How many people in your IT organization have access to, say, the Administrator account’s password in Active Directory? How about to service account passwords? Unix servers? Other kinds of privileged accounts?
Now think about the individuals who have access to those various passwords. Even though they are trusted to do the right thing with those passwords, shouldn’t there be some level of governance over the use of them?
Take the example of Curt the contractor. He needs VPN access and is working on a database project that involves one of your SQL Servers. The normal path IT takes is to give him the access he needs to do his job. But, given the rise in insider threats over the past few years, your organization wants constraints put on Curt’s access. Now, you could just take away and re-grant access to the VPN, but then someone needs to be working whenever Curt is to facilitate that. And, speaking of when Curt’s working, when exactly is that? Is it ok for him to work on a Sunday night at 2am?
The challenge today with privileged passwords is there are so many accounts created for the purpose of logging, audit trails, segregation of duties, etc. that all have a lot of access to sensitive information, critical systems, and even security settings. And to make matters worse, there is no means by which to limit their use.
In essence, with most privileged accounts today, you can use them anywhere, anytime. Now, granted, not every account has full admin rights, but there are still few controls in place on the access to, and use of, these passwords, such as limiting:
- Day of the week
- Time of day
- System used to log in
- Access to a privileged session
- Use without manager approval
Without a third-party solution, there is little that can be done to address use, but think of the increased security with these kinds of limits in place! You’d be able to place limits on someone like our friend Curt where he can only log on during business hours, to a specific server, and every access requires the approval of the project manager.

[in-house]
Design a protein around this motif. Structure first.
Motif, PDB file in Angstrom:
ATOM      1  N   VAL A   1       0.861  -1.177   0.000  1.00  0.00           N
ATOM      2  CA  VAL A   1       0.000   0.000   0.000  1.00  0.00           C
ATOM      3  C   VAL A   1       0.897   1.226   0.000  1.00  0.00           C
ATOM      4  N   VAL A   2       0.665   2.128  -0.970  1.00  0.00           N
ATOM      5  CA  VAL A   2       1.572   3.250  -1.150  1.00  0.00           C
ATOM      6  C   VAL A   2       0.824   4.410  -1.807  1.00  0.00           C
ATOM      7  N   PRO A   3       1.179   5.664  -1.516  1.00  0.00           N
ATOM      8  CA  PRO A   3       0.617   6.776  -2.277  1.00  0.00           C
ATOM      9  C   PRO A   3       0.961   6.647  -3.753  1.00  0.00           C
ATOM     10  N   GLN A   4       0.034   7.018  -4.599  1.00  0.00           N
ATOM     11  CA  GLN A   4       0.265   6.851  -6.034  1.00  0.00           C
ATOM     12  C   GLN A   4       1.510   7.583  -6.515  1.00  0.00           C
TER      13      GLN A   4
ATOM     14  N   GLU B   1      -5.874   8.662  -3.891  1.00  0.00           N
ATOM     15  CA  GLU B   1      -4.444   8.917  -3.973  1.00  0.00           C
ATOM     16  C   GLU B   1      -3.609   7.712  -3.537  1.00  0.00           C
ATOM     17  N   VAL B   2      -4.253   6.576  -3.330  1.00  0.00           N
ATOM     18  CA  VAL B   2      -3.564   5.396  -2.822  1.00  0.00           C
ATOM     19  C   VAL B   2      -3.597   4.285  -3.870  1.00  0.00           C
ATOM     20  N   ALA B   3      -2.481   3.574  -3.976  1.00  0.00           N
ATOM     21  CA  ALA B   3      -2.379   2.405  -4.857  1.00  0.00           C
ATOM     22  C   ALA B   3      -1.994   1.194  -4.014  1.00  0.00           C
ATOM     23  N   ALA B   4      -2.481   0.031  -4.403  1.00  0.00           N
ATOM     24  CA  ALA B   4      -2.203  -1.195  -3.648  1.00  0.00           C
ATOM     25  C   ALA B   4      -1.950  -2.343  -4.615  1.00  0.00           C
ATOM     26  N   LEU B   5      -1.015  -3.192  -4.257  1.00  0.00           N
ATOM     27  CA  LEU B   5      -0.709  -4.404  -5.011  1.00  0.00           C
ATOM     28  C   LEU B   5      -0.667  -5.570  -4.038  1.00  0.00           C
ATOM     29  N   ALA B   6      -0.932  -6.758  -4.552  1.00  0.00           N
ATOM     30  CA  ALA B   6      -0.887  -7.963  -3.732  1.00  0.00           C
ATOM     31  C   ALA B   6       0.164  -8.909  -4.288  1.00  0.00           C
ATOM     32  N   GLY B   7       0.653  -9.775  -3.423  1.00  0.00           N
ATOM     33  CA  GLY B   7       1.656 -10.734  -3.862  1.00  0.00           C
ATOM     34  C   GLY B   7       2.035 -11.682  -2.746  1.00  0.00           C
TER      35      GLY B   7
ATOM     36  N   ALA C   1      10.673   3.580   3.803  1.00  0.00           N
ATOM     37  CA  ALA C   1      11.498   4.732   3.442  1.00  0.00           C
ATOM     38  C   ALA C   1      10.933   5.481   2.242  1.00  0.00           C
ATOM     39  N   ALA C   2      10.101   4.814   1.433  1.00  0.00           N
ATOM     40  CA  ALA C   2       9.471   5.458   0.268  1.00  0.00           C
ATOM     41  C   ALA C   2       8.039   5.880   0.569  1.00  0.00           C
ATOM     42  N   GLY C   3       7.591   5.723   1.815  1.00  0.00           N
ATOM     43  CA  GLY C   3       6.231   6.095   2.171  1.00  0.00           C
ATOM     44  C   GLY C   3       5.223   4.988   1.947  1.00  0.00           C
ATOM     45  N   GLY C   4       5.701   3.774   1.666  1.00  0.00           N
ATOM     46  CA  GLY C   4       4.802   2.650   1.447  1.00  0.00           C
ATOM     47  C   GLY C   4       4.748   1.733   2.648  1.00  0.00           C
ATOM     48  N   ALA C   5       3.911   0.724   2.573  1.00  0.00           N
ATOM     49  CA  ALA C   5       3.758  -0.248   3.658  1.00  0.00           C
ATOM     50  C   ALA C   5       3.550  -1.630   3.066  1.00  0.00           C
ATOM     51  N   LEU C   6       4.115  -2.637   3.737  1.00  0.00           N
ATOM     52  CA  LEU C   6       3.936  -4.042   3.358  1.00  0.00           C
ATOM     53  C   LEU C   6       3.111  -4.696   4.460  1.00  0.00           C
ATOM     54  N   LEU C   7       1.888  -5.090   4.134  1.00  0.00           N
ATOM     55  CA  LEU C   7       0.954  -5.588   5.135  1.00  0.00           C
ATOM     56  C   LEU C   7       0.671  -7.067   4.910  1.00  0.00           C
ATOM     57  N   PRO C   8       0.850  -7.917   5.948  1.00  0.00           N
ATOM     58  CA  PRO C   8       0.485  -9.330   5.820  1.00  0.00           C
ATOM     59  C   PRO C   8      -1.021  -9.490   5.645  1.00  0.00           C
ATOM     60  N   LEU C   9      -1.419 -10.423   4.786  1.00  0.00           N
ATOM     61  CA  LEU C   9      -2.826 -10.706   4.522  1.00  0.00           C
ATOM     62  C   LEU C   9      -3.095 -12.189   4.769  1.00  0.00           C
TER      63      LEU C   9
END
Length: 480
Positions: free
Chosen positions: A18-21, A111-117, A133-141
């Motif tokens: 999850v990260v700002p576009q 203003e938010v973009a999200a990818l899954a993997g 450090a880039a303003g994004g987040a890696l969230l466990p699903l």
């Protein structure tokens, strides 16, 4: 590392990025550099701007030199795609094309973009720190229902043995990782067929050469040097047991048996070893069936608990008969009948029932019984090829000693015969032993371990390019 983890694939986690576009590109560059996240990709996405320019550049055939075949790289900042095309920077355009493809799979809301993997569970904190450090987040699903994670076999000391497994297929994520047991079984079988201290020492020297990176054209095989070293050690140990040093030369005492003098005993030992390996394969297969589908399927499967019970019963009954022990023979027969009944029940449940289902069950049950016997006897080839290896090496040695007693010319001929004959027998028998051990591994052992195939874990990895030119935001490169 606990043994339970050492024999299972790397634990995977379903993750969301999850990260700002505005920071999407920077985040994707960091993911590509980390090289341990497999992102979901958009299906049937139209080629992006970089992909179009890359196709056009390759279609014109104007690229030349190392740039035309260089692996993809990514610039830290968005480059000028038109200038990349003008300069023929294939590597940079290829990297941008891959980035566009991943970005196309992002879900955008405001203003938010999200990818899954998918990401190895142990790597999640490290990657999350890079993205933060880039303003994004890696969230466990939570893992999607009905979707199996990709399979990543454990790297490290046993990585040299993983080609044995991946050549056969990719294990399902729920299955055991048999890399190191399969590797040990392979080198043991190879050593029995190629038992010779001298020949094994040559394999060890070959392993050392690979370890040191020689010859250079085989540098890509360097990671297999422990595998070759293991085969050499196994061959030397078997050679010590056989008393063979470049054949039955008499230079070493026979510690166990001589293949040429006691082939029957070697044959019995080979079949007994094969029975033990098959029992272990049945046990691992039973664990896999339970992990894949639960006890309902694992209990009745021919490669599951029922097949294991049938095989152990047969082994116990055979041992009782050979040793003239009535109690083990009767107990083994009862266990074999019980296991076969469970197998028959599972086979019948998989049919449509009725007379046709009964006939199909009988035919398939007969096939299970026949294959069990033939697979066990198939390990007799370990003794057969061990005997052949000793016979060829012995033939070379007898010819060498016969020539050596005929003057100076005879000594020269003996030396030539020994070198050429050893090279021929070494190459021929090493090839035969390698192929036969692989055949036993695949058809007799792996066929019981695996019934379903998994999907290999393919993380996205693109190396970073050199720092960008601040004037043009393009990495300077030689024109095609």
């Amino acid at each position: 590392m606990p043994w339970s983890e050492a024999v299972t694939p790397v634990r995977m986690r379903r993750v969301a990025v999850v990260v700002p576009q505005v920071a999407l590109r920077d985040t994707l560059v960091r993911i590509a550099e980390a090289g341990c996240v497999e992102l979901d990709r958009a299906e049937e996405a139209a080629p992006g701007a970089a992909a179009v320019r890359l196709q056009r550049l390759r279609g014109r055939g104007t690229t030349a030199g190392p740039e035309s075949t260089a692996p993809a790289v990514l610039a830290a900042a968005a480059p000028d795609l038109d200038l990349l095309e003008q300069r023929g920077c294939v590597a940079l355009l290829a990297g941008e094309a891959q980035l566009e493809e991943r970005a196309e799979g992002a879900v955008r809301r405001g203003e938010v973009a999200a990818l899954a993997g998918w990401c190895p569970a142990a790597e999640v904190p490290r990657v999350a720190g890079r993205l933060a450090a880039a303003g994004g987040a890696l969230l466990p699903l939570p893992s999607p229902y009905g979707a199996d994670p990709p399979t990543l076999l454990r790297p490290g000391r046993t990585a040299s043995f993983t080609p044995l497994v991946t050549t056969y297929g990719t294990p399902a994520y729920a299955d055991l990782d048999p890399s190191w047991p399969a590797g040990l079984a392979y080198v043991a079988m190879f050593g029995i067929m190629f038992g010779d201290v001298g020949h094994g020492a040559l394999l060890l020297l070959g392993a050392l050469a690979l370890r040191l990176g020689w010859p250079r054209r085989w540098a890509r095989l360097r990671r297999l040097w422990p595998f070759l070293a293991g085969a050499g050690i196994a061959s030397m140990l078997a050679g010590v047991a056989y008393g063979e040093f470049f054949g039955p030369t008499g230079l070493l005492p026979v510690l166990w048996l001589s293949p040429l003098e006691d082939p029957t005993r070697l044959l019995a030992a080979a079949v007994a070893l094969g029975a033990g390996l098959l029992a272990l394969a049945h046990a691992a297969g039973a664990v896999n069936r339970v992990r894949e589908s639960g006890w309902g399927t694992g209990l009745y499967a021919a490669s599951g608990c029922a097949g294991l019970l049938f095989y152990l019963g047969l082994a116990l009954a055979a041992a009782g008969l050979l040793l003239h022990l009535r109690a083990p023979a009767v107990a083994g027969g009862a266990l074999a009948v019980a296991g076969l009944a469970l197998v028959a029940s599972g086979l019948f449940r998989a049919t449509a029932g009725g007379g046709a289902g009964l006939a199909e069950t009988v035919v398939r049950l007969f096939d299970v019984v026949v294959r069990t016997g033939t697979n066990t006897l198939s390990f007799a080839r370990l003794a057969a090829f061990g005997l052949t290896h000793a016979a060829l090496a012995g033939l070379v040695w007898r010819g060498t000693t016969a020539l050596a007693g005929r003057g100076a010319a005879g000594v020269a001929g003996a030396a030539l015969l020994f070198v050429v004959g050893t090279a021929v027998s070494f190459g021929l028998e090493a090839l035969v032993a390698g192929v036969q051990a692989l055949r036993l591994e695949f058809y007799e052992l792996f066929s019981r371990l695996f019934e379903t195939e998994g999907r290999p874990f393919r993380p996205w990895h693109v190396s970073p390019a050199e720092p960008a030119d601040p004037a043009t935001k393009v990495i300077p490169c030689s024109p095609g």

Having limits in place governs the use of privileged passwords, keeping controls in place, limiting unauthorized access, lowering risk, and elevating overall security.
To learn more on how to put access controls in place as part of an overall privileged password management strategy, download chapter 4 of the ebook, “Six Critical Capabilities for Password Management”.
Author: Nick Cavalancia | Techvalgetlist | Founder and Chief
Nick Cavalancia, Founder/Chief, Techvangelism
Nick Cavalancia has over 20 years of enterprise IT experience, 10 years as a tech marketing executive and is an accomplished technology writer, consultant, trainer, speaker, and columnist.
Nick has attained industry certifications including MCNE, MCNI, MCSE and MCT and was once accused at TechEd of "not having enough digits" in his MCP number (which only has 5). He has authored, co-authored and contributed to over a dozen books on Windows, Active Directory, Exchange and other Microsoft technologies and has spoken at many technical conferences on a wide variety of topics.
Previously, Nick has held executive marketing positions at ScriptLogic (acquired by Quest, now DELL Software), SpectorSoft and Netwrix where he was responsible for the global messaging, branding, lead generation and demand generation strategies to market technology solutions to an IT-centric customer base.